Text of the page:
Fresno Bee Newsroom Blog

Senate leader Steinberg confronts Vidak forces in 16th District race

UPDATE (June 28): The California Association of Realtors denies allegations by state Senate President Pro Tem Darrell Steinberg and others that its campaign finance reports in the 16th District Senate race were incorrectly filled out. “We think our reporting is accurate and transparent,” said Don Faught, the association’s president. Faught added that the group thinks Republican Andy Vidak is the strongest candidate in the race.

Check-marking the wrong box on a campaign finance form is not always cause for concern. But in a state Senate race that’s expected to be close and could tip the balance of power in Sacramento, details are everything.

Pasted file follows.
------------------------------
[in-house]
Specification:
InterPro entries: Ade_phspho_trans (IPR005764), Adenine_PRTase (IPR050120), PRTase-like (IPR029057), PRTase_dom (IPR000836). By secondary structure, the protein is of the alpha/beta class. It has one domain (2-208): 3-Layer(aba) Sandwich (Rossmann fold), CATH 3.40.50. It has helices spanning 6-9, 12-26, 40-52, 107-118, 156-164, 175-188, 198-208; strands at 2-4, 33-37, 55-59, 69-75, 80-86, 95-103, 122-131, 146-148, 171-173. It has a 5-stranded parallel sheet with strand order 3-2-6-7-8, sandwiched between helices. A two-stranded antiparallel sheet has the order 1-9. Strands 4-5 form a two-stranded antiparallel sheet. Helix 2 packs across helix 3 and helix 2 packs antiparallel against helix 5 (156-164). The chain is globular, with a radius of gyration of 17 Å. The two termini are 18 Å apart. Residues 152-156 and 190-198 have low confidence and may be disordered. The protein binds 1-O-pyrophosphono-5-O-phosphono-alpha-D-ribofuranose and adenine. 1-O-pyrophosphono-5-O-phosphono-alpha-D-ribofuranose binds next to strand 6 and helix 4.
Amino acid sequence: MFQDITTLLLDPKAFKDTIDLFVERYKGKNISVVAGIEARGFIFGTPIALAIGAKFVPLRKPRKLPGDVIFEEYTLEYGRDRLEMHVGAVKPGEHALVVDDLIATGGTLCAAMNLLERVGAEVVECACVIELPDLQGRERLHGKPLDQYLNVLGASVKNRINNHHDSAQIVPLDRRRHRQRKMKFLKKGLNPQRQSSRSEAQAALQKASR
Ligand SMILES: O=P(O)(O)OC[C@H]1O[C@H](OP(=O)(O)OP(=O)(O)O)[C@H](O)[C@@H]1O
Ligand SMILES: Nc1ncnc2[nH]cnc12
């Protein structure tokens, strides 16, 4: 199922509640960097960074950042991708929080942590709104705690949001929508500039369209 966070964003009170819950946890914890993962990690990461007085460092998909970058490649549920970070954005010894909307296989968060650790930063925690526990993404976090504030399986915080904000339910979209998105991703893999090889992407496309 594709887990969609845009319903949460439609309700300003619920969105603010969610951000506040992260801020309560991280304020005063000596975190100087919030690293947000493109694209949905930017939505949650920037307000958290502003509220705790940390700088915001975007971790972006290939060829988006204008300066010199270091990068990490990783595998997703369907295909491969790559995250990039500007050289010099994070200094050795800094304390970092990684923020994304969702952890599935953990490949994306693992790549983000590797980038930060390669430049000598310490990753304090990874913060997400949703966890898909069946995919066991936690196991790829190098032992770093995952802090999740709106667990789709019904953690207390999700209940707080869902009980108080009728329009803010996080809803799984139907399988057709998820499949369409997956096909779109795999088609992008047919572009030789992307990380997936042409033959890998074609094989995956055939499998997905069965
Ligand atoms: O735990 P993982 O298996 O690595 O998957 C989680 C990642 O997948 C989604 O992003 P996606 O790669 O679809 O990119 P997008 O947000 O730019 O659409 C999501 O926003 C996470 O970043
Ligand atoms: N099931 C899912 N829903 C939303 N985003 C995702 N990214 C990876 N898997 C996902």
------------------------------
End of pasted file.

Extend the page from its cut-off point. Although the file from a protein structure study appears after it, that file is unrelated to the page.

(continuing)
On Tuesday, a supporter of Democratic Senate candidate Leticia Perez filed a complaint with the state, alleging that a real estate association backing Perez’s opponent Andy Vidak should have reported that its money is being used to oppose Perez.  Instead, the group reported that its money is being used to support Vidak.

The alleged misstep, while it may seem small, is drawing rebuke from the Senate’s biggest name, President Pro Tem Darrell Steinberg, a Democrat.

In a statement to The Bee on Tuesday, Steinberg took umbrage with the California Association of Realtors for not only mischaracterizing campaign expenditures but for supporting Vidak in the first place.

Perez, a Kern County supervisor from Bakersfield, is squaring off against Vidak, a Hanford farmer, for the seat vacated by Democrat Michael Rubio. If Perez loses the July 23 special election in the Fresno-Bakersfield area, the Democratic Party’s  two-thirds majority in the upper house would be weakened.

“Senate Democrats were already troubled by the misguided decision of the California Association of Realtors to oppose Leticia Perez with six-figure independent expenditures, but, now, the vitriolic and highly partisan smear campaign they’re waging against her represents a new low –- and appears to cross every legal line,” Steinberg said.